Monday, October 13, 2008
I don't drink a lot of milk, due in large part to a lapse in consumption when I was about 9. Prior to that, I could down a few glasses of cold, nonfat milk like it was going out of style. But I was also sick a lot as a kid. One summer, my mom took me to the regional hospital for several tests to see if we could figure things out. One thing the various doctors tried was to take me off milk for six months, thinking I may be allergic to dairy products. They eventually decided that the dairy was not to blame and said I could start drinking milk again. We went straight to a Mexican restaurant that evening, and I ordered cheese enchiladas and a large milk. Talk about getting sick! Needless to say, I never became a milk fan again.
R and I do drink soy milk, and we keep organic milk in the house for the kids, which is running $3.75+ a half gallon. So when everyone remarks about the astronomical rise in grocery costs, I'm nodding my head in agreement. And it seems the big ticket items on our grocery receipts are always cheese and milk, often totaling about $15 of our weekly $45-50 bill. Luckily, when I checked the recipe for making cheese, it specifically warned that the process would not work with "ultra pasteurized" milk, like our organic stuff. Who knew regular milk was so cheap? A gallon of good ol' fashioned milk is about $2.70. So I picked up a gallon of the cheap, pasteurized, non-organic milk and we were ready to rock.
I don't think I did everything exactly right, because my curds never set up well, but the end result was good. I am going to keep working at it, and make some ricotta as well (I've a hankering for ricotta gnocchi) so I'll keep you updated.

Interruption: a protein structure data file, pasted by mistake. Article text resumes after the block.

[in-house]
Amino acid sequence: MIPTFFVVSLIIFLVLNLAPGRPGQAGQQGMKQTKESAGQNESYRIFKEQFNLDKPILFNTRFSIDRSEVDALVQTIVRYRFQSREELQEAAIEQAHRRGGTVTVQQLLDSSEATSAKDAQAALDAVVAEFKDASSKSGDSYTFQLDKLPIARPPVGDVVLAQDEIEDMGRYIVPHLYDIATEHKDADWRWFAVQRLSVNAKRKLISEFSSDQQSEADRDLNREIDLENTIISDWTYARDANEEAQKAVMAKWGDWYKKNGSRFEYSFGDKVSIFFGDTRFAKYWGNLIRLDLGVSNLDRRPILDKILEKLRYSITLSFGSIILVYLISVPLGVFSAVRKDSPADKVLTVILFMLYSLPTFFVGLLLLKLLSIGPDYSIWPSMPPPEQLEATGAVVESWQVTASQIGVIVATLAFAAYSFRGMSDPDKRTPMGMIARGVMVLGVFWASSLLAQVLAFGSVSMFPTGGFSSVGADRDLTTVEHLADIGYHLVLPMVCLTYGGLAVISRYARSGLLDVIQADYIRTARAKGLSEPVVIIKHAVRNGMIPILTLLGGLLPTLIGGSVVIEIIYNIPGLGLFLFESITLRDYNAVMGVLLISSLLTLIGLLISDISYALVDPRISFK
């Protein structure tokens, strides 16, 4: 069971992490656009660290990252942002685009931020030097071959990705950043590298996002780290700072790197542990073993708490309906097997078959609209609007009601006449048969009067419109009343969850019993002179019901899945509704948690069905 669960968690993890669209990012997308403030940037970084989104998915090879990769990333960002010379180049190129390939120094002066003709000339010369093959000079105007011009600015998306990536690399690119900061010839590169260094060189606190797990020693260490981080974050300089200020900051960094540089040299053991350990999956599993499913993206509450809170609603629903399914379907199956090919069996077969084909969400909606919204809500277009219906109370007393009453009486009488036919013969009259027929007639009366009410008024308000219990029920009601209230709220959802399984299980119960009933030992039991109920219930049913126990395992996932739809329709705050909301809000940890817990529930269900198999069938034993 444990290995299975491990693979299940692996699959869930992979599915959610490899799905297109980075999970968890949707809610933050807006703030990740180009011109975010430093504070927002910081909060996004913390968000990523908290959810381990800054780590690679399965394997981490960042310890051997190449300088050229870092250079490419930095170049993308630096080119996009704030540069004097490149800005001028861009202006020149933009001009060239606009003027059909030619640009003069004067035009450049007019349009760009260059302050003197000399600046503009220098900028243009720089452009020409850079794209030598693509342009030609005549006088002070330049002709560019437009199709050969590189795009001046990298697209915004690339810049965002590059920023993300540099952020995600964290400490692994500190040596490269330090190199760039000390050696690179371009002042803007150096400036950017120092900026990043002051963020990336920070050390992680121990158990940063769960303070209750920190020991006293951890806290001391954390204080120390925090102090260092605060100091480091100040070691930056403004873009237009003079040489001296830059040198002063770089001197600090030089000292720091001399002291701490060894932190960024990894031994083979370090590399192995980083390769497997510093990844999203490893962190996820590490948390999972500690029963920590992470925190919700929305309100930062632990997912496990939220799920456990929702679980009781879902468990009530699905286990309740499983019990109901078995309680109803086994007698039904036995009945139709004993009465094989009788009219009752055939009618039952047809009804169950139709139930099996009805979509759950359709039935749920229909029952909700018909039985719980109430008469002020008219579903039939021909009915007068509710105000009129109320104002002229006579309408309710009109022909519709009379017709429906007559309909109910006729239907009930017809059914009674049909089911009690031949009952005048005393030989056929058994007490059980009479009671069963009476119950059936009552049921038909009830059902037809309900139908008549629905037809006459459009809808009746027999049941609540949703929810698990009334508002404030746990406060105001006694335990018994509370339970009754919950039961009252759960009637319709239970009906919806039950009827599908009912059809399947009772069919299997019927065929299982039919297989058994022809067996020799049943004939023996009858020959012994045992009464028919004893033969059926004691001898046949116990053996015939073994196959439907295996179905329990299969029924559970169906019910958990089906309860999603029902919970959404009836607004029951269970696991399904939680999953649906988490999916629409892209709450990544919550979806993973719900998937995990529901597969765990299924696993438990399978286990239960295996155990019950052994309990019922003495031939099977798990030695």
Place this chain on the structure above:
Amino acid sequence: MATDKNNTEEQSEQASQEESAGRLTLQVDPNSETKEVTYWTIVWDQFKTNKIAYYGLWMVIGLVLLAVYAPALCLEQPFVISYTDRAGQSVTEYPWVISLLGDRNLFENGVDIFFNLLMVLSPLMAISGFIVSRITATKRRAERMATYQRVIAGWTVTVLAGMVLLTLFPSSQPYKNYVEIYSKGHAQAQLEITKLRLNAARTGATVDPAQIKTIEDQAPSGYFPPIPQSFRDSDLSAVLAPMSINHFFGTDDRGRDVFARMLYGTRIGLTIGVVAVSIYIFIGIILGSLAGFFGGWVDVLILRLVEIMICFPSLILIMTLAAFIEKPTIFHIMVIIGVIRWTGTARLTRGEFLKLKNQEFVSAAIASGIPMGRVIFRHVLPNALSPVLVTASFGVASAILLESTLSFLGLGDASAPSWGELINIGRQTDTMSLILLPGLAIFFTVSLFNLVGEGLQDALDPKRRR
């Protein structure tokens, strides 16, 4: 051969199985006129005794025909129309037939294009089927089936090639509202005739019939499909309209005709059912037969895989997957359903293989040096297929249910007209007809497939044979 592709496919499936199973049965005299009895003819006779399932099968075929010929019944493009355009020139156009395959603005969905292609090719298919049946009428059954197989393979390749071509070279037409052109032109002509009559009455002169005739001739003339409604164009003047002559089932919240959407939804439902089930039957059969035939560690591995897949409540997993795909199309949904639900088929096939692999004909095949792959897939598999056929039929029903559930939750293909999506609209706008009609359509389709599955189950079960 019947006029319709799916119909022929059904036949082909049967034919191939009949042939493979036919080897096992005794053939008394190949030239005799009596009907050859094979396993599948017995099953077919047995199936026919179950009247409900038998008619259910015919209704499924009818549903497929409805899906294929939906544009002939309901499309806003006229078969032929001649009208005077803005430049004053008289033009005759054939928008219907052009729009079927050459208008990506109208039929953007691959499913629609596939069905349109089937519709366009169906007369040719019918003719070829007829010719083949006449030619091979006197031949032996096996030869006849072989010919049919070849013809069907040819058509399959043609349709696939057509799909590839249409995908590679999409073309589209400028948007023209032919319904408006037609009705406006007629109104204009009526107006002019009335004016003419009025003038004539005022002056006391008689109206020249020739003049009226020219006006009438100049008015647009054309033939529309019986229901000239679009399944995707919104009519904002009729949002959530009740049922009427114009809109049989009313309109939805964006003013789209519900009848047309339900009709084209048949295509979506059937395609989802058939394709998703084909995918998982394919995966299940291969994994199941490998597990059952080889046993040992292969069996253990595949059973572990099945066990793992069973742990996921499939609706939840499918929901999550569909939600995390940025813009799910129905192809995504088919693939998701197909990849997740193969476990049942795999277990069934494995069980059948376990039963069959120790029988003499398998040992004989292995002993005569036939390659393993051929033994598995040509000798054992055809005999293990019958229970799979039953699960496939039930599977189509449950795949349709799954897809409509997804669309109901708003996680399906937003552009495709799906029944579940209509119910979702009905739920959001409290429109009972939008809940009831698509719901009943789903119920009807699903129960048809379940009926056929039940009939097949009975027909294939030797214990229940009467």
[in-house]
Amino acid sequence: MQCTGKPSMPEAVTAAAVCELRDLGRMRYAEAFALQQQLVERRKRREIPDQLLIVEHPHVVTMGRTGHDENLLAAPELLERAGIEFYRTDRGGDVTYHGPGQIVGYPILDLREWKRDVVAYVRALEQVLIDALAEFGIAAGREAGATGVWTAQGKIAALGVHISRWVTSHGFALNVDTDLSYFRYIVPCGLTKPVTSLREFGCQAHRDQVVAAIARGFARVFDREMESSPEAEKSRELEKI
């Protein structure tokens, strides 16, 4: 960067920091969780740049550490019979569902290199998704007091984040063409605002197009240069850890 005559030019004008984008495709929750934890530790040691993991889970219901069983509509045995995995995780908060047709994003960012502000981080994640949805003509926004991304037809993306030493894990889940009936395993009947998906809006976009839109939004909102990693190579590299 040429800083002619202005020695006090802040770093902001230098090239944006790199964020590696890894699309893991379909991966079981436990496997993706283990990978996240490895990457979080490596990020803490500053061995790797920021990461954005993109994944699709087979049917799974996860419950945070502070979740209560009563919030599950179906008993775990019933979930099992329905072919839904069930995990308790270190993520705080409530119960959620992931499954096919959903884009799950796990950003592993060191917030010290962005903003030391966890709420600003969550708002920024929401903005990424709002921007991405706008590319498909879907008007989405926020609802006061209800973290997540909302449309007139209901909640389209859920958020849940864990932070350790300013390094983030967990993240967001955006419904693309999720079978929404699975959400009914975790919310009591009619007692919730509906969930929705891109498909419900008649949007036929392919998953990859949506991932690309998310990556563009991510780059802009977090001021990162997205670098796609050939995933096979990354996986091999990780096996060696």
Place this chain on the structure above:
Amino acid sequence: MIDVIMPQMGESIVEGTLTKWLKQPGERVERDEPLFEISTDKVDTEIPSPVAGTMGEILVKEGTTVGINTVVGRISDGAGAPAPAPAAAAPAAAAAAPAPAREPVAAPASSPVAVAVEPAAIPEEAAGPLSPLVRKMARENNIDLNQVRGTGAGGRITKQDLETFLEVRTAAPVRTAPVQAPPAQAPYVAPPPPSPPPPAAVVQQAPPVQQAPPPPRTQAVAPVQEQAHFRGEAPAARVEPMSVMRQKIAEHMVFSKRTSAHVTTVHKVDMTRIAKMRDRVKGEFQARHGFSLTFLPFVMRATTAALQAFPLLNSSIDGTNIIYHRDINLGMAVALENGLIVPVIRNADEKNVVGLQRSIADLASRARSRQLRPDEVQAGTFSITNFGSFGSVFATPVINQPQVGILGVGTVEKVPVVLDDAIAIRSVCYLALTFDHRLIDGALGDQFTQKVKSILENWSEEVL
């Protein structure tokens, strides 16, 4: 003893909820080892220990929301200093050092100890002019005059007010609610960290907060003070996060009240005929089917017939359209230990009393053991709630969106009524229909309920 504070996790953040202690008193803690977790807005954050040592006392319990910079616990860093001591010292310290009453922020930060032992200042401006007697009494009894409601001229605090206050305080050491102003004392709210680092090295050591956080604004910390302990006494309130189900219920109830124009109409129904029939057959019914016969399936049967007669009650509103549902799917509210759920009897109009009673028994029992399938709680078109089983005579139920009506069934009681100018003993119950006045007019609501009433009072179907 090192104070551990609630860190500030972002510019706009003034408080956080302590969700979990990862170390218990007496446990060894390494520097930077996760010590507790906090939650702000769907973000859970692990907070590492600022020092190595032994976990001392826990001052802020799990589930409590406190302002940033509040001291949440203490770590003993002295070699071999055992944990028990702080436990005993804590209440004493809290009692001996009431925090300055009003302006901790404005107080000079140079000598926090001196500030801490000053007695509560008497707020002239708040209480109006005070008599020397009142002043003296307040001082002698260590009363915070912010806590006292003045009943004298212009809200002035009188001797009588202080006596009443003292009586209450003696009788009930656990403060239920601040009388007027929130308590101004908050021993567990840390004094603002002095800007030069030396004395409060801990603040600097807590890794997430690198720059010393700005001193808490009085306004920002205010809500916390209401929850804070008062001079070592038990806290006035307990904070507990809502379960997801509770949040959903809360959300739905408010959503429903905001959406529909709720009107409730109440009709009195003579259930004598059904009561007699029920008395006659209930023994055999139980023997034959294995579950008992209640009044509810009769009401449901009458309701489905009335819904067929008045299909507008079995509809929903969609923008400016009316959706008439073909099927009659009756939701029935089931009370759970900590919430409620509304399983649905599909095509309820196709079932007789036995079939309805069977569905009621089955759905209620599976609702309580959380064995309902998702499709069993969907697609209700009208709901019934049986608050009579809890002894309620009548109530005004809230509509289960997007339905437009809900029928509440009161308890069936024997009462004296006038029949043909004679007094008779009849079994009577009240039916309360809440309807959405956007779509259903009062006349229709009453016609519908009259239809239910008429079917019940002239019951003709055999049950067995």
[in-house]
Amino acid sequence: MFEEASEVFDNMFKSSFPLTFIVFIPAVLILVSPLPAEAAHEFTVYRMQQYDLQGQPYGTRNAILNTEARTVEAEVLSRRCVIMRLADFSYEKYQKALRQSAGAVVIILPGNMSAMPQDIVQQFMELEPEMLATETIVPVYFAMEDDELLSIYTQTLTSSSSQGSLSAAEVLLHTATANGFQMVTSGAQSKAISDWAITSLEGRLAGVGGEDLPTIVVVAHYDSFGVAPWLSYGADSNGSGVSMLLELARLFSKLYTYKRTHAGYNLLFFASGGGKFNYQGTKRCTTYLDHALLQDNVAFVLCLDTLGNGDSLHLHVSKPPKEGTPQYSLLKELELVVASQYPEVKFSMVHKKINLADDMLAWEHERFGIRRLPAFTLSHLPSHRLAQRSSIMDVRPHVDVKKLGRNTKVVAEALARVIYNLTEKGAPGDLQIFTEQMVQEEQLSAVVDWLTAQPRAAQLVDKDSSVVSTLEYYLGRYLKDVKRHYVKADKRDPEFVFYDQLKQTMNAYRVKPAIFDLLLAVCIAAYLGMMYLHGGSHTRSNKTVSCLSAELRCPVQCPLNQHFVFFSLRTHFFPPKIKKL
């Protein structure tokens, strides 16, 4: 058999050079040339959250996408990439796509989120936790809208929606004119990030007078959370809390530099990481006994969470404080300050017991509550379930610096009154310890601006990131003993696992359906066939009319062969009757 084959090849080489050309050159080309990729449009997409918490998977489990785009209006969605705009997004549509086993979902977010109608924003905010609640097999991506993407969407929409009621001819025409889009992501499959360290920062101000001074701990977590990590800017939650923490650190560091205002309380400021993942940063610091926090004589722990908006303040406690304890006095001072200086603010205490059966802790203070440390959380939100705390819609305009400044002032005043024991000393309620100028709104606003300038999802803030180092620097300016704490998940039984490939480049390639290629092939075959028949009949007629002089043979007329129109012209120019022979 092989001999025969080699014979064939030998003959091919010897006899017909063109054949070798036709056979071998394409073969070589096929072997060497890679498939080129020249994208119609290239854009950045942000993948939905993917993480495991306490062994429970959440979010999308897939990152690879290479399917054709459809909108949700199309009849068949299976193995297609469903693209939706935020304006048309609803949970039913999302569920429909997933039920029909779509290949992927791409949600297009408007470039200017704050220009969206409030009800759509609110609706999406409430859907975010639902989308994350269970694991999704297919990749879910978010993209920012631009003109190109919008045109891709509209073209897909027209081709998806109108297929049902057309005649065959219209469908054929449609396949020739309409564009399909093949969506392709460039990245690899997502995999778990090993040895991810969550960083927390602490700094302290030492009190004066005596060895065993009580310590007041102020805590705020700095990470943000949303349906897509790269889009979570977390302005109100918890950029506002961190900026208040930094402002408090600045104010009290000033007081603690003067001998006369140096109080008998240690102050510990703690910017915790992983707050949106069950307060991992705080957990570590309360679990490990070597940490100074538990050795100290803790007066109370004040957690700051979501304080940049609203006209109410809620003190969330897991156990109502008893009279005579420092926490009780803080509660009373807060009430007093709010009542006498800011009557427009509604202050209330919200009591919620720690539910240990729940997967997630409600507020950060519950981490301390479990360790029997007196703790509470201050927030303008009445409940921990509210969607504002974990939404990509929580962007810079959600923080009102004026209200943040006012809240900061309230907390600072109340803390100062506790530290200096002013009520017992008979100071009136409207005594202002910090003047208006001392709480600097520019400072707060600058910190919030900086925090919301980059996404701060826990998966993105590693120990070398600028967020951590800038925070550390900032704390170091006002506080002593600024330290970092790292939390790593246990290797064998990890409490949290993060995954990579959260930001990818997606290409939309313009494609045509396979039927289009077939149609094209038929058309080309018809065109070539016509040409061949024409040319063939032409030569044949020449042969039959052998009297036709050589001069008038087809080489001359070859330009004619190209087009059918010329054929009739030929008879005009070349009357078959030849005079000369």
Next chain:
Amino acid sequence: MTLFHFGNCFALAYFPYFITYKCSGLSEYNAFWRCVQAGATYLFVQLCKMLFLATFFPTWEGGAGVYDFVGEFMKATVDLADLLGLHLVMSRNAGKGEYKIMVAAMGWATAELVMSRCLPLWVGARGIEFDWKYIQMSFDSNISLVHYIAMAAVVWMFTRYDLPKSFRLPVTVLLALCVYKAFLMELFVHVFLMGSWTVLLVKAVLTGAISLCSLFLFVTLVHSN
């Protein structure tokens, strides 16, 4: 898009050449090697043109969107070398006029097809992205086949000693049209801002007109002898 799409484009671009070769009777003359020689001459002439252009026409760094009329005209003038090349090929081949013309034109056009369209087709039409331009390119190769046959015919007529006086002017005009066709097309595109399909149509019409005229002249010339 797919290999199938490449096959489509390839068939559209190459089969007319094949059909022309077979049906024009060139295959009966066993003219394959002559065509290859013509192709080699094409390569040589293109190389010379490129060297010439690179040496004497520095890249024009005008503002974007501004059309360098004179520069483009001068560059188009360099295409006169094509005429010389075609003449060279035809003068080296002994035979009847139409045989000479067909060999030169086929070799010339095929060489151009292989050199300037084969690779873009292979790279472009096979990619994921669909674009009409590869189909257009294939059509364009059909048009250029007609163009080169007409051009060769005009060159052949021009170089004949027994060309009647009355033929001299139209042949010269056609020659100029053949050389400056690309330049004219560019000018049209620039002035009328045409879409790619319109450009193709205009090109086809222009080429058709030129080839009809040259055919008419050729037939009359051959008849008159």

The process is pretty easy.
Add citric acid to milk, heat the milk to 90 degrees.
Add vegetable rennet, stir, and let sit on low, or off the heat for about 5 minutes. After the curds have separated and set at the top, cut through them with a knife, and spoon the curds out of the whey with a slotted spoon into a microwaveable bowl.
Drain off any excess whey and microwave for 30 seconds.
Drain whey and knead until the cheese cools. Heat again, drain, and knead.
Once it reaches about 135 degrees, it's ready to knead on the counter. Pull it and knead it like it's taffy. Finally, stretch it out and knead it into a tight, shiny ball, and plunge it into an ice bath until it cools. It's ready to use once it's cool, or you can wrap the cheese in plastic and keep it in the fridge.
You can use the leftover whey to make ricotta, which I attempted to do, but you are supposed to not handle the whey too much, and I had already drained and strained the heck out of it because my curds had not set well enough to spoon out of the pot completely. The ricotta attempt failed, but I think next time, I'll add a touch more rennett and leave on the heat for a bit longer than 5 minutes after the curds begin to set. Trial and error.
I got all my supplies for the 30 minute Mozzarella Kit as a gift from my wife for my 30th birthday earlier this year (but she got it at cheesemaking.com ). I'm planning to master the mozarella and ricotta, and then maybe we'll branch into a hard cheese for fun.